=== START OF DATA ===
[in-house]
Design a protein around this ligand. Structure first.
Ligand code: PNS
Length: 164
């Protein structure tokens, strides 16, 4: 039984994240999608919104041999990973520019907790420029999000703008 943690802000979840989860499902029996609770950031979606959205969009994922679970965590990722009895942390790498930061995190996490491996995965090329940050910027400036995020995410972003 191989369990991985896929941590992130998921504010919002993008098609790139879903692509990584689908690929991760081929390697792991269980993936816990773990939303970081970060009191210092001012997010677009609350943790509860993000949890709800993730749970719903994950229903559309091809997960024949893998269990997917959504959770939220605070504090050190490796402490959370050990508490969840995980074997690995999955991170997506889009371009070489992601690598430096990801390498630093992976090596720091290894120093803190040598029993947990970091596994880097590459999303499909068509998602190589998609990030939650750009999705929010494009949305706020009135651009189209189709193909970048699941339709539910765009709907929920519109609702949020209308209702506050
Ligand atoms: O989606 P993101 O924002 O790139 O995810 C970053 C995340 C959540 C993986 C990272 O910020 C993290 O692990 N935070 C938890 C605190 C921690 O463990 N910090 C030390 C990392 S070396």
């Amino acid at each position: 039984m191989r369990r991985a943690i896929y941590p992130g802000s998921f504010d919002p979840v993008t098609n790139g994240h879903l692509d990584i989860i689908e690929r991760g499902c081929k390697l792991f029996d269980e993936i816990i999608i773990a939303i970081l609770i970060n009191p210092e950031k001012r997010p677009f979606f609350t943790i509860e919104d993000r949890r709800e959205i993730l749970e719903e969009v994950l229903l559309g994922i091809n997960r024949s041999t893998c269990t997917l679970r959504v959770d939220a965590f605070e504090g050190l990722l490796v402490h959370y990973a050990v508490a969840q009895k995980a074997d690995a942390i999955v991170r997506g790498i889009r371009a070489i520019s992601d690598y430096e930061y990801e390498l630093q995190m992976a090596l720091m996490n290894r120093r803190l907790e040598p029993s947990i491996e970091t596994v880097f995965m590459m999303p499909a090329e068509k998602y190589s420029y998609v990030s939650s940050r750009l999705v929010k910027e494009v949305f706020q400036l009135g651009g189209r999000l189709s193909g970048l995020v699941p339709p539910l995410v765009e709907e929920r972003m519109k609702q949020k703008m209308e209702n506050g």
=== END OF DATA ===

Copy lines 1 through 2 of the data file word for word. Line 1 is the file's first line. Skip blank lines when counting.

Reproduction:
[in-house]
Design a protein around this ligand. Structure first.